image003.jpg“People who read Cosmopolitan magazine are very different from those who do not.” so said Donald Berry in ‘Statistics’.

Now you will just not have any idea of how apt that statement is unless you’ve actually read Cosmopolitan (really read it, not just look at the pictures) but I like to believe that fund investors who read Mutual Fund Insight are very different from those who don’t. I have believed so far that there are two kinds of fund investors-thinking ones and non-thinking ones. And those who invest their time and money in reading this magazine must be the thinking ones.

What distinguishes the two? The non-thinking ones are the ones who just follow whatever seems to be the flavor of the day. The thinking ones are those who carefully weigh their options, consider the facts and then take rational decisions. However, in recent months I have seen that sometimes, the final step is the same.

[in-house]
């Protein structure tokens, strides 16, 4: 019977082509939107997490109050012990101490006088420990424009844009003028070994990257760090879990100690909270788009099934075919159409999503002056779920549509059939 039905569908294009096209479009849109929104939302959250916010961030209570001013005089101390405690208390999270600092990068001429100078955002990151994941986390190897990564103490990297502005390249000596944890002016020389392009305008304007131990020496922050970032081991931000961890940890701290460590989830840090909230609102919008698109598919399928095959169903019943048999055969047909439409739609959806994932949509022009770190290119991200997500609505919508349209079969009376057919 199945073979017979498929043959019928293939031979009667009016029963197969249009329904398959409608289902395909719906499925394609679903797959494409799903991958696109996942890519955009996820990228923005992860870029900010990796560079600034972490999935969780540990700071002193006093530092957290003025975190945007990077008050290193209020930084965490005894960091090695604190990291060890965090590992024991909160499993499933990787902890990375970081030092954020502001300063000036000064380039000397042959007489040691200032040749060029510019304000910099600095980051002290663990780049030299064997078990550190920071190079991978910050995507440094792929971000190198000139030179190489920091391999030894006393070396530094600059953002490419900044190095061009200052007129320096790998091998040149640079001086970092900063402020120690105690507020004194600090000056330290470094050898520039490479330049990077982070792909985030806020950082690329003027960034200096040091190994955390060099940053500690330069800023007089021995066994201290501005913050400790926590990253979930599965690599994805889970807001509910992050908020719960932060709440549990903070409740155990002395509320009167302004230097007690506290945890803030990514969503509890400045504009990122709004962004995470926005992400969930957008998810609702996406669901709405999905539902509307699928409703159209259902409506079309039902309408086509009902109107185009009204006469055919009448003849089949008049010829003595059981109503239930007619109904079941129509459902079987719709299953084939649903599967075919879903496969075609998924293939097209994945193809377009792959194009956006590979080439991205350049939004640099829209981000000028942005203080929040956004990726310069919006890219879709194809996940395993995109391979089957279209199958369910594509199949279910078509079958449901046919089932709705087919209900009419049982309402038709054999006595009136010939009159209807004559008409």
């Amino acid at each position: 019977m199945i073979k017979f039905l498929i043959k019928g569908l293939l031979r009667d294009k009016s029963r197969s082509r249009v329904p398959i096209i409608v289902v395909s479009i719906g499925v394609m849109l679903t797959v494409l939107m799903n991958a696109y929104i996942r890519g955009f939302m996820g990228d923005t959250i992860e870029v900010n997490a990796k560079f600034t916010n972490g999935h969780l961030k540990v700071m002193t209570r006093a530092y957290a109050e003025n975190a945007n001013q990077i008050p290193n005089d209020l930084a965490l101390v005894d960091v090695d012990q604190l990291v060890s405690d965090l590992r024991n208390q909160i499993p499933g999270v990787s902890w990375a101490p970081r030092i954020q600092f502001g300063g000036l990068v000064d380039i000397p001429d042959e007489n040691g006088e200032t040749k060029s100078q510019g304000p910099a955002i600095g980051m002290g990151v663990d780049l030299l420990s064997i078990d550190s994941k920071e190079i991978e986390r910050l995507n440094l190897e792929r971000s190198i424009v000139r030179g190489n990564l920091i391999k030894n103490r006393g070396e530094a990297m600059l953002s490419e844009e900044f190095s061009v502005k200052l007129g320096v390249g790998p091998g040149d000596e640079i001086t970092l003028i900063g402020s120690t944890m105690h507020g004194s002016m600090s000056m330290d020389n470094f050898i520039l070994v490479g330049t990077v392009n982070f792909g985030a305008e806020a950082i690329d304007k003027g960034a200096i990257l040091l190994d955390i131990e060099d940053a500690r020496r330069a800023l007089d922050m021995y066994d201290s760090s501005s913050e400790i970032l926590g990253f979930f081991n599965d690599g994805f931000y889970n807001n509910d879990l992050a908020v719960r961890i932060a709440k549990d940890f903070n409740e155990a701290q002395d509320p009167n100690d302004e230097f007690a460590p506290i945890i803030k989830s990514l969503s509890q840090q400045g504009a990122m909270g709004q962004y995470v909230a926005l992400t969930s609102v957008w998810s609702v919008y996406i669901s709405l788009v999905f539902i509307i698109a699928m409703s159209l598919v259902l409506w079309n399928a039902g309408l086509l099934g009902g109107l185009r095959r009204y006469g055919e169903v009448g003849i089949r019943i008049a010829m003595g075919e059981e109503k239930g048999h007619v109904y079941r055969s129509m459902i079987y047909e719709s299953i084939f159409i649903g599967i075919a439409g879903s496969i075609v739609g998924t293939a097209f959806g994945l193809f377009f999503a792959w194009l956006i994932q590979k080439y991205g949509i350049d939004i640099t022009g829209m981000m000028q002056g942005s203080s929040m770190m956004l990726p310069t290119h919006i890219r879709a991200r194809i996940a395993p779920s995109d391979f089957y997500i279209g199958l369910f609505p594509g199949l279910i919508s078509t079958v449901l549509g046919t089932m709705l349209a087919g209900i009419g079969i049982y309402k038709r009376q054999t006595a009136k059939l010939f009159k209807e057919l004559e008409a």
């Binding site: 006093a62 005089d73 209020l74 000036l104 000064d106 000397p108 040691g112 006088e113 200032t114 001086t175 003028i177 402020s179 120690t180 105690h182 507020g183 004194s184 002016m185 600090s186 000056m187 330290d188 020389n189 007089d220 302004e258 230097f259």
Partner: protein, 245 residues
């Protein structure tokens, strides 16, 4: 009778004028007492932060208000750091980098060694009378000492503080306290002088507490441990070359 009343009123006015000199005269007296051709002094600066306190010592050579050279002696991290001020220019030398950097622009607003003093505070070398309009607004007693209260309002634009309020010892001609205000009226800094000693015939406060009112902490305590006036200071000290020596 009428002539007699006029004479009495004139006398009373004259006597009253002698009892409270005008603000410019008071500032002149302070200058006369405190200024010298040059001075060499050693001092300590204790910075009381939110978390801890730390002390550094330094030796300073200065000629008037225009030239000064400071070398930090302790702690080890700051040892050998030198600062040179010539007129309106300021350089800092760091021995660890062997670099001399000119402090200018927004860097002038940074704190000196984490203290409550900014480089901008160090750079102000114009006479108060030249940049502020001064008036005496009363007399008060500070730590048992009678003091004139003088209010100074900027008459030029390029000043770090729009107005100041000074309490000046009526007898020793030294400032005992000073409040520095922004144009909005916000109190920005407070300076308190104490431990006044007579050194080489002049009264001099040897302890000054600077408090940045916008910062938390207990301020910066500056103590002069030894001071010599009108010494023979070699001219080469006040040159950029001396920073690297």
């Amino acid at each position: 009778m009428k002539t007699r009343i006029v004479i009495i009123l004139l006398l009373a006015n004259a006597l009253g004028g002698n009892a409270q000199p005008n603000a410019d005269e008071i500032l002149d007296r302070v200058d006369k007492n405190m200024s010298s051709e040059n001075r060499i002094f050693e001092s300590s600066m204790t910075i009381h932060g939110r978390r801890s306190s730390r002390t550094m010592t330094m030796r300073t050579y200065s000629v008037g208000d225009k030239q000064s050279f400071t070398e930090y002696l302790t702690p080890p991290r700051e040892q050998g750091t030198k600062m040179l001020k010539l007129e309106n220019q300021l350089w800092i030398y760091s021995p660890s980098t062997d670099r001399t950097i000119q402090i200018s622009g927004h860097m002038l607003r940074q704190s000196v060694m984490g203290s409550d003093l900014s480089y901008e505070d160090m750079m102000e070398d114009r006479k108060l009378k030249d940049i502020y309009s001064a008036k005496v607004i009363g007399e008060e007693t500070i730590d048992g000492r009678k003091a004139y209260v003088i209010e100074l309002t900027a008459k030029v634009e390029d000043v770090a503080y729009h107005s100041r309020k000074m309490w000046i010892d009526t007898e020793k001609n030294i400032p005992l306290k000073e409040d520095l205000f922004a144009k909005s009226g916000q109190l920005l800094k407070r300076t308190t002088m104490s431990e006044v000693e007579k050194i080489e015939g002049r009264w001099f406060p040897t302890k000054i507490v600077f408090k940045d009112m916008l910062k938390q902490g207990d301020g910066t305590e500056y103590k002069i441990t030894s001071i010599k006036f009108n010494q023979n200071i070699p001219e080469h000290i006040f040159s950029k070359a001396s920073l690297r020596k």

The non-thinking ones unthinkingly follow the flavor of the day. The thinking ones think carefully, then just ignore the conclusions and follow the flavor of the day. They look at returns, ratings, portfolio statistics and whatnot, but then turn around and invest purely driven by the fear of getting left behind by everyone else.


Non-thinking and non-knowledgeable investors have many reasons for investing. These are normally the ‘it’s available at par’ category of reasons that even a mildly knowledgeable investor should just laugh at. But the funny thing is that knowledgeable investors are investing not for laughable reasons but for no reason at all.

I’d like to tell these people, forget about learning more about investing you probably know enough already. What you don’t know is about your own psychology as an investor. The fear of not doing what everyone else is doing coupled with high pressure marketing appears to have overcome their rational thought. What is worse is that like all irrationality, this too seems to get drastically magnified by high stock prices.

All of which appears to be building up to a situation where investors will put in a lot of new money into mutual funds with expectations that are so high that they cannot be met.

The die is, well and truly, cast.